John MacLaren Erskine VC

b. 13/01/1894 Dunfermline, Scotland. d. 14/04/1917 Arras, France.

John MacLaren Erskine (1894-1917) was born at 30 Bridge Street, Dunfermline, Fife, Scotland on 13th January 1894. His father was William Erskine, a master draper and senior partner in Messrs W & J McLaren & Co drapers of 26-30 Bridge Street, Dunfermline. William was also an Elder/President of the United Free Church, Chalmers Street, Dunfermline. His mother, Elizabeth “Bella” or “Bessie” nee Dick, was a teacher at Bathgate Academy, Dunfermline. William and Elizabeth were married on 29th March 1893 at The Bath Hotel, Glasgow. John had six siblings: William McLaren, Elizabeth Tennant, David Dick, Gilmour, Stewart and Harold. His oldest brother, William McLaren, was killed in action on The Somme in 1916 and is buried in New Munich Trench Cemetery, Beaumont-Hamel.

John M Erskine VC

John was educated at Dunfermline High School. Following an apprenticeship with Messrs Robert Maude & Son of Princes Street, Edinburgh, he was employed as a draper with Messrs Pettigrew & Stephens of Glasgow. His father intended that he would eventually take over his position at Messrs W & J McLaren & Co.

John enlisted on 10th August 1914 and carried out basic training at Glasgow, Falkirk and Larbert. He was stationed at Broughty Ferry, near Dundee, Angus in September and sailed with the Battalion from Southampton for France, arriving at Le Havre on 5th November. He was promoted to Lance Corporal, then Corporal and finally Acting Sergeant.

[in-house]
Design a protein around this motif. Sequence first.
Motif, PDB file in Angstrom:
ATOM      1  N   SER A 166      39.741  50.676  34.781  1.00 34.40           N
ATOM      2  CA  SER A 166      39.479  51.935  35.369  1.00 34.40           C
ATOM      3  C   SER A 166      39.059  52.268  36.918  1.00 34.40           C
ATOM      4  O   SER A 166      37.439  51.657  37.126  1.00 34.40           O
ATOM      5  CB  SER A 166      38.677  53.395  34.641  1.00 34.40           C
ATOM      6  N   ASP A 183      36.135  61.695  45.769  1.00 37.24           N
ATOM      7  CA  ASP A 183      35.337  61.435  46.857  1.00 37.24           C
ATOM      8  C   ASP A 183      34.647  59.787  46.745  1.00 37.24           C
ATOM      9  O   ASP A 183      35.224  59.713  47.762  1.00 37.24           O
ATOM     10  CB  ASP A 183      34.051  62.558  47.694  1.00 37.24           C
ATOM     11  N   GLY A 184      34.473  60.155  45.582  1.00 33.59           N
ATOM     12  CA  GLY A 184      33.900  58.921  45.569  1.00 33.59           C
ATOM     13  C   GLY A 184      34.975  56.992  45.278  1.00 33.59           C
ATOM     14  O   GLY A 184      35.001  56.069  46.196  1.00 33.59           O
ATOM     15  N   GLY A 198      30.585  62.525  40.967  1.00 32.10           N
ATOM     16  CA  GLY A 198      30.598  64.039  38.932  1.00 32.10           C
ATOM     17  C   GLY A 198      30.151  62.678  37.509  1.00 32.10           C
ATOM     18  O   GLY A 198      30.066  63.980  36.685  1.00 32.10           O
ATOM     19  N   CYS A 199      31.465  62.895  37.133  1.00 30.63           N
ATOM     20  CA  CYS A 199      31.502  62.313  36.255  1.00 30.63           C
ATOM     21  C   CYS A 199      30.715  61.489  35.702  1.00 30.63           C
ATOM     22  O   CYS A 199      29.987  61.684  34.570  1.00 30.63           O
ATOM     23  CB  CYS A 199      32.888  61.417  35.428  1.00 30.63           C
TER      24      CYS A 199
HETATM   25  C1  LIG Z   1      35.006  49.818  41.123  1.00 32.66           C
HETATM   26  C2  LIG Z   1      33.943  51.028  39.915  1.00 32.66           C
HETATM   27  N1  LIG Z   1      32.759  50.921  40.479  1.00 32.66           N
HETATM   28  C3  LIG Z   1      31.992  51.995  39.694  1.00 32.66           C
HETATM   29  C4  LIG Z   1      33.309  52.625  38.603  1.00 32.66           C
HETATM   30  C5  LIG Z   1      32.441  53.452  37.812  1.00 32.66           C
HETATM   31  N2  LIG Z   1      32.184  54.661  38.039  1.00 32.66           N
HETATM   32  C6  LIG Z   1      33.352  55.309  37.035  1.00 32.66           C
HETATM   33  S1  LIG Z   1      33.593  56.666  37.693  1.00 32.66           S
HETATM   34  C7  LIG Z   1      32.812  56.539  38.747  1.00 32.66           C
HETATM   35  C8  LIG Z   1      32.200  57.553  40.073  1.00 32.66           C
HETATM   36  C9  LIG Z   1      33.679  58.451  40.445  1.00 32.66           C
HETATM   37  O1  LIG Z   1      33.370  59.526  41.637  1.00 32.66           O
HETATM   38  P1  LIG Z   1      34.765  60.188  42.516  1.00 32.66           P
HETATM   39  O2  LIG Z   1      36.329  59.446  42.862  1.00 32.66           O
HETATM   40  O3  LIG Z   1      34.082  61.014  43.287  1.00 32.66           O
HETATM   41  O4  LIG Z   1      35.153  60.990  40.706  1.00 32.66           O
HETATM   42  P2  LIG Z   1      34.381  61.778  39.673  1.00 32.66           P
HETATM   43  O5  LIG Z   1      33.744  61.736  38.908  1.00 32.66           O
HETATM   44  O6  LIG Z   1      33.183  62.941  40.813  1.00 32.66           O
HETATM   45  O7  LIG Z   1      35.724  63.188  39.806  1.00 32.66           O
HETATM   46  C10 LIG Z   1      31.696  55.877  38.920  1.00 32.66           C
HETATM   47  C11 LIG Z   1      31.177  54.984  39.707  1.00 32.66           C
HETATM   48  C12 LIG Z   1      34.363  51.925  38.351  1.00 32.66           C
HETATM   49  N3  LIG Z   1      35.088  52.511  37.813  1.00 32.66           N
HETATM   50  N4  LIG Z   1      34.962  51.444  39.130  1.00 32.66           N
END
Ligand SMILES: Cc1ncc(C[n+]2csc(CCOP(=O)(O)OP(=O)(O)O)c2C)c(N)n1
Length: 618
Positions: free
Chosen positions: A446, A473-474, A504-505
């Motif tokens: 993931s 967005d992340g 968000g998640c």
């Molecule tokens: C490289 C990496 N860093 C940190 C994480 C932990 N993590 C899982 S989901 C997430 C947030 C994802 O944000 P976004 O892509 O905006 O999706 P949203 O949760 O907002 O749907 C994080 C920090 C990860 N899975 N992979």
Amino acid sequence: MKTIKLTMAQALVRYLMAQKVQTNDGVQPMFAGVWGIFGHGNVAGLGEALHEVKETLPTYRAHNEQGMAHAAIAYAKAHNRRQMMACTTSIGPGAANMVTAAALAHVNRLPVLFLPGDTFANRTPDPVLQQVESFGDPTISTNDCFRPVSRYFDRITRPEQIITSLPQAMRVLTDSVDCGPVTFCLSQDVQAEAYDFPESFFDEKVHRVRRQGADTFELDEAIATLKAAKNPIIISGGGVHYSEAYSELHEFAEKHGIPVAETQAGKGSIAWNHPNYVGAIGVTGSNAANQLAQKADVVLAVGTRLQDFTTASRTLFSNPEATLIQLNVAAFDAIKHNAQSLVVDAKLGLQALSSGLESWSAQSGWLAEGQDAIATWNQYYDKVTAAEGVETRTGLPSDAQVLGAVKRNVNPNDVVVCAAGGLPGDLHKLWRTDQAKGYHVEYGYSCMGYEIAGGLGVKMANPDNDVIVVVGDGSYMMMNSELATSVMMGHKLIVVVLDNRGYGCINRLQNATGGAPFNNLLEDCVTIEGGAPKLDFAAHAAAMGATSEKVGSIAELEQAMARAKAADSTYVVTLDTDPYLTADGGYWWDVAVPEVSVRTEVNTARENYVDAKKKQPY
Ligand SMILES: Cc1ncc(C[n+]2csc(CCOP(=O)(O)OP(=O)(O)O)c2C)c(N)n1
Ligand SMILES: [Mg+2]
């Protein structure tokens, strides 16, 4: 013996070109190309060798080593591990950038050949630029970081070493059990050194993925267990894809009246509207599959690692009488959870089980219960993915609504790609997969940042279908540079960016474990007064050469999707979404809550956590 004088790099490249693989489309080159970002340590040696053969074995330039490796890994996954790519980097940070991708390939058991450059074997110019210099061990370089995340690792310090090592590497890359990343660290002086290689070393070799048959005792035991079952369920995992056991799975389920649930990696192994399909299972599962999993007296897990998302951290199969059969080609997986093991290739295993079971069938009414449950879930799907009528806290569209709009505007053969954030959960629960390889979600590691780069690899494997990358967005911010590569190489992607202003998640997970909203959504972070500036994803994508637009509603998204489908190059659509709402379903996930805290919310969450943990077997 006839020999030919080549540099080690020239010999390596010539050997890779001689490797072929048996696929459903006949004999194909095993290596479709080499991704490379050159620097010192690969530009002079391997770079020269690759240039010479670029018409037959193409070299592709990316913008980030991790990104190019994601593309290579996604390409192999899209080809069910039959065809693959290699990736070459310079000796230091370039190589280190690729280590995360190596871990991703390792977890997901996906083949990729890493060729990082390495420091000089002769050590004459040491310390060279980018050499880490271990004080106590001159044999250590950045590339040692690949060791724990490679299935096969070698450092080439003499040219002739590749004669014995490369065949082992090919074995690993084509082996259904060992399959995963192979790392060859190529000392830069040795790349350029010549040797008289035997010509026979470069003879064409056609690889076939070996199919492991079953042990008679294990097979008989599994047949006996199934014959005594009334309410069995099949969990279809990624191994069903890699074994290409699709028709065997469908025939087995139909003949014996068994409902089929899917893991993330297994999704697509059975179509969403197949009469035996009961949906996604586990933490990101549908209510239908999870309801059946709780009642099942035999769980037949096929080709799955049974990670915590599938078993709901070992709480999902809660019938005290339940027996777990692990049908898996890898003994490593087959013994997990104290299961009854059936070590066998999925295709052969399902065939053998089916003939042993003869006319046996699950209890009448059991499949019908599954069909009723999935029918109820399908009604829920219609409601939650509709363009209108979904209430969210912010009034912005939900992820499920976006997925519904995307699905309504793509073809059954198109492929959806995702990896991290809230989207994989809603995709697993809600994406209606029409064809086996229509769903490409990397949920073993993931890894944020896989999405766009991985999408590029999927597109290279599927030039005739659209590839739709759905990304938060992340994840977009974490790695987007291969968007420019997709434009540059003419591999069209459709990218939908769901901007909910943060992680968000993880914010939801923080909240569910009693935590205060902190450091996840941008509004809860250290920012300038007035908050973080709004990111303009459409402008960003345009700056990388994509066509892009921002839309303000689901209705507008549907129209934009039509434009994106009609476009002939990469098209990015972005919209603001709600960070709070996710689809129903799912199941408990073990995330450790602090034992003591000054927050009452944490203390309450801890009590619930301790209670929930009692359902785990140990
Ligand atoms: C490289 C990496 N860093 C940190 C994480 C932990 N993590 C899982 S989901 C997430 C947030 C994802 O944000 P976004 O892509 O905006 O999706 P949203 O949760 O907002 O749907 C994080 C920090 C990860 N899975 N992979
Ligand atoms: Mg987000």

On 22nd June 1916, at Givenchy, France, whilst the near lip of a crater, caused by the explosion of a large enemy mine, was being consolidated, Acting Sergeant Erskine rushed out under continuous fire with utter disregard of danger and rescued a wounded serjeant and a private. Later, seeing his officer, who was believed to be dead, show signs of movement, he ran out to him, bandaged his head, and remained with him for fully an hour, though repeatedly fired at, whilst a shallow trench was being dug to them. He then assisted in bringing in his officer, shielding him with his own body in order to lessen the chance of his being hit again.

He was promoted to Sergeant in July 1916, and was wounded on the Somme in the same month. He was posted to Fourth Army School of Instruction before returning to active service. John was decorated with his VC ribbon by GOC 33rd Division, Major General RJ Pinney at Bellancourt, France on 1st January 1917. He was killed in action near Fontaine-les-Croisilles, Arras, France on 14th April 1917 and is commemorated on the Arras Memorial to the Missing.

As he never married, the VC was formally presented to his mother by King George V at Hyde Park, London on 2nd June 1917. In addition to the VC, he was awarded the 1914 Star with “Mons” clasp, British War Medal 1914-20 and Victory Medal 1914-19. His sisters and brothers presented the VC to the Cameronians in June 1965. It is now held by the Cameronians Museum, Hamilton, Scotland.





Thomas Stewart – Images of his VC medal at Cameronians Museum, Hamilton, the family grave in Dunfermline, his name on the Dunfermline War Memorial, and his VC Stone at the Dunfermline War Memorial.